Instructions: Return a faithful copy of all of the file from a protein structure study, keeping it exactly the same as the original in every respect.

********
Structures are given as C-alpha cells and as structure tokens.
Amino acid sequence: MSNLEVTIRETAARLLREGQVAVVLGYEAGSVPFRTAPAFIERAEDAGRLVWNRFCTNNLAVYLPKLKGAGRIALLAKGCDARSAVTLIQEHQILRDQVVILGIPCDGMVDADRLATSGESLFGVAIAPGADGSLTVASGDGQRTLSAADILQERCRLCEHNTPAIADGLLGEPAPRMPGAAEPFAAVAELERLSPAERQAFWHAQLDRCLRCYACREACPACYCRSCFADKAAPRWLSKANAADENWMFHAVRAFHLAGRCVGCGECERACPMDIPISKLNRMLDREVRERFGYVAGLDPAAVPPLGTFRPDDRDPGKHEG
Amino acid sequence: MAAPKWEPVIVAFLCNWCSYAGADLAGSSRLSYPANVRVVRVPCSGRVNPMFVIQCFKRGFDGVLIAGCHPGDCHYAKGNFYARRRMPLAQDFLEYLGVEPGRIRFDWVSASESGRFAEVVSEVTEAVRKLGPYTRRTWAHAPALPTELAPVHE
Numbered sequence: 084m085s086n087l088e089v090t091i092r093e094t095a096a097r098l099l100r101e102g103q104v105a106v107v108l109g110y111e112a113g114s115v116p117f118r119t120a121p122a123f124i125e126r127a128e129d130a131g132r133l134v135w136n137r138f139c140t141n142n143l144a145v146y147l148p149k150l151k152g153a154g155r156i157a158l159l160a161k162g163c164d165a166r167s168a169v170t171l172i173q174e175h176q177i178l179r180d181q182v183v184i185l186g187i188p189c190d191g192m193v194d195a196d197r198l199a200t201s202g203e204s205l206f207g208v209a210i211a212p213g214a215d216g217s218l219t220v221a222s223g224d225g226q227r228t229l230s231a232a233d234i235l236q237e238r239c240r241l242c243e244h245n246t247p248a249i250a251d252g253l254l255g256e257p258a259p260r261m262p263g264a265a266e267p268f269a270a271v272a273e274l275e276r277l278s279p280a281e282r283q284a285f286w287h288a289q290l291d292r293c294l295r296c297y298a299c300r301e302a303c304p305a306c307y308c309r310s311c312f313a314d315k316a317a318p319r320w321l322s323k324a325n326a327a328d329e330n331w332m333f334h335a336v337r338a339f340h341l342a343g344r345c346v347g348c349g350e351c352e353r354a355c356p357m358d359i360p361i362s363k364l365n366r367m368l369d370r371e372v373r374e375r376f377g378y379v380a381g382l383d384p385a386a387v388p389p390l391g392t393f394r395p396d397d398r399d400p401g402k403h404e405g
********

Structures are given as C-alpha cells and as structure tokens.
Amino acid sequence: MSNLEVTIRETAARLLREGQVAVVLGYEAGSVPFRTAPAFIERAEDAGRLVWNRFCTNNLAVYLPKLKGAGRIALLAKGCDARSAVTLIQEHQILRDQVVILGIPCDGMVDADRLATSGESLFGVAIAPGADGSLTVASGDGQRTLSAADILQERCRLCEHNTPAIADGLLGEPAPRMPGAAEPFAAVAELERLSPAERQAFWHAQLDRCLRCYACREACPACYCRSCFADKAAPRWLSKANAADENWMFHAVRAFHLAGRCVGCGECERACPMDIPISKLNRMLDREVRERFGYVAGLDPAAVPPLGTFRPDDRDPGKHEG
Amino acid sequence: MAAPKWEPVIVAFLCNWCSYAGADLAGSSRLSYPANVRVVRVPCSGRVNPMFVIQCFKRGFDGVLIAGCHPGDCHYAKGNFYARRRMPLAQDFLEYLGVEPGRIRFDWVSASESGRFAEVVSEVTEAVRKLGPYTRRTWAHAPALPTELAPVHE
Numbered sequence: 084m085s086n087l088e089v090t091i092r093e094t095a096a097r098l099l100r101e102g103q104v105a106v107v108l109g110y111e112a113g114s115v116p117f118r119t120a121p122a123f124i125e126r127a128e129d130a131g132r133l134v135w136n137r138f139c140t141n142n143l144a145v146y147l148p149k150l151k152g153a154g155r156i157a158l159l160a161k162g163c164d165a166r167s168a169v170t171l172i173q174e175h176q177i178l179r180d181q182v183v184i185l186g187i188p189c190d191g192m193v194d195a196d197r198l199a200t201s202g203e204s205l206f207g208v209a210i211a212p213g214a215d216g217s218l219t220v221a222s223g224d225g226q227r228t229l230s231a232a233d234i235l236q237e238r239c240r241l242c243e244h245n246t247p248a249i250a251d252g253l254l255g256e257p258a259p260r261m262p263g264a265a266e267p268f269a270a271v272a273e274l275e276r277l278s279p280a281e282r283q284a285f286w287h288a289q290l291d292r293c294l295r296c297y298a299c300r301e302a303c304p305a306c307y308c309r310s311c312f313a314d315k316a317a318p319r320w321l322s323k324a325n326a327a328d329e330n331w332m333f334h335a336v337r338a339f340h341l342a343g344r345c346v347g348c349g350e351c352e353r354a355c356p357m358d359i360p361i362s363k364l365n366r367m368l369d370r371e372v373r374e375r376f377g378y379v380a381g382l383d384p385a386a387v388p389p390l391g392t393f394r395p396d397d398r399d400p401g402k403h404e405g